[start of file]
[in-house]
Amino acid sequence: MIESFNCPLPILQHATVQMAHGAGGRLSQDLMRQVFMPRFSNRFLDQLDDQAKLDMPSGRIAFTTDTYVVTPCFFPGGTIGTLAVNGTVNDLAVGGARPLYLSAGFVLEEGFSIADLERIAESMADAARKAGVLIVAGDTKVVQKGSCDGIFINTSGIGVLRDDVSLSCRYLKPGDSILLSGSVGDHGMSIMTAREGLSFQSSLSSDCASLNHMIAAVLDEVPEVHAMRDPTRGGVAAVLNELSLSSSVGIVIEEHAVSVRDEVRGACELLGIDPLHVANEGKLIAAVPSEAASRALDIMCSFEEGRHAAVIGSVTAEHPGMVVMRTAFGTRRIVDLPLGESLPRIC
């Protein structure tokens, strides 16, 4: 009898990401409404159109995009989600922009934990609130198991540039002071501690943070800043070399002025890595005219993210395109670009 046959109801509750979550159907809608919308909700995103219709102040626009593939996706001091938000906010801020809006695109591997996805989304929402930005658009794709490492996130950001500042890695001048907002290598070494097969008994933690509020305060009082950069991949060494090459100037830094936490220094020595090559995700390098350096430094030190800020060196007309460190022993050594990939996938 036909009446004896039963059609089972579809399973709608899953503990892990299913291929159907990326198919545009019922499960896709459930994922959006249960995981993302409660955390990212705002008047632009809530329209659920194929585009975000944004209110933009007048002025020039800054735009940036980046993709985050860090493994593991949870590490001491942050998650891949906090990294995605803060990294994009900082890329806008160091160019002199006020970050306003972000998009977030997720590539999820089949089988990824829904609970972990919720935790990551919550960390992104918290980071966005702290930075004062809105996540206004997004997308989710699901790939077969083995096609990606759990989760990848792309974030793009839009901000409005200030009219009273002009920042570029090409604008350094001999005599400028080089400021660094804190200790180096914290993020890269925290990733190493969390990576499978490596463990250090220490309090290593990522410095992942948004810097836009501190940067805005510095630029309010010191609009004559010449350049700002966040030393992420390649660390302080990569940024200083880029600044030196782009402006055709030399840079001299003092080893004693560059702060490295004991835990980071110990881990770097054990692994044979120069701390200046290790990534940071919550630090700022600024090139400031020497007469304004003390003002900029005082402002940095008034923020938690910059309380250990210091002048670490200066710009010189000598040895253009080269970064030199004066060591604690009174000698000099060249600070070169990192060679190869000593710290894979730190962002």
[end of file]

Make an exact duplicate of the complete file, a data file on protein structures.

[in-house]
Amino acid sequence: MIESFNCPLPILQHATVQMAHGAGGRLSQDLMRQVFMPRFSNRFLDQLDDQAKLDMPSGRIAFTTDTYVVTPCFFPGGTIGTLAVNGTVNDLAVGGARPLYLSAGFVLEEGFSIADLERIAESMADAARKAGVLIVAGDTKVVQKGSCDGIFINTSGIGVLRDDVSLSCRYLKPGDSILLSGSVGDHGMSIMTAREGLSFQSSLSSDCASLNHMIAAVLDEVPEVHAMRDPTRGGVAAVLNELSLSSSVGIVIEEHAVSVRDEVRGACELLGIDPLHVANEGKLIAAVPSEAASRALDIMCSFEEGRHAAVIGSVTAEHPGMVVMRTAFGTRRIVDLPLGESLPRIC
């Protein structure tokens, strides 16, 4: 009898990401409404159109995009989600922009934990609130198991540039002071501690943070800043070399002025890595005219993210395109670009 046959109801509750979550159907809608919308909700995103219709102040626009593939996706001091938000906010801020809006695109591997996805989304929402930005658009794709490492996130950001500042890695001048907002290598070494097969008994933690509020305060009082950069991949060494090459100037830094936490220094020595090559995700390098350096430094030190800020060196007309460190022993050594990939996938 036909009446004896039963059609089972579809399973709608899953503990892990299913291929159907990326198919545009019922499960896709459930994922959006249960995981993302409660955390990212705002008047632009809530329209659920194929585009975000944004209110933009007048002025020039800054735009940036980046993709985050860090493994593991949870590490001491942050998650891949906090990294995605803060990294994009900082890329806008160091160019002199006020970050306003972000998009977030997720590539999820089949089988990824829904609970972990919720935790990551919550960390992104918290980071966005702290930075004062809105996540206004997004997308989710699901790939077969083995096609990606759990989760990848792309974030793009839009901000409005200030009219009273002009920042570029090409604008350094001999005599400028080089400021660094804190200790180096914290993020890269925290990733190493969390990576499978490596463990250090220490309090290593990522410095992942948004810097836009501190940067805005510095630029309010010191609009004559010449350049700002966040030393992420390649660390302080990569940024200083880029600044030196782009402006055709030399840079001299003092080893004693560059702060490295004991835990980071110990881990770097054990692994044979120069701390200046290790990534940071919550630090700022600024090139400031020497007469304004003390003002900029005082402002940095008034923020938690910059309380250990210091002048670490200066710009010189000598040895253009080269970064030199004066060591604690009174000698000099060249600070070169990192060679190869000593710290894979730190962002």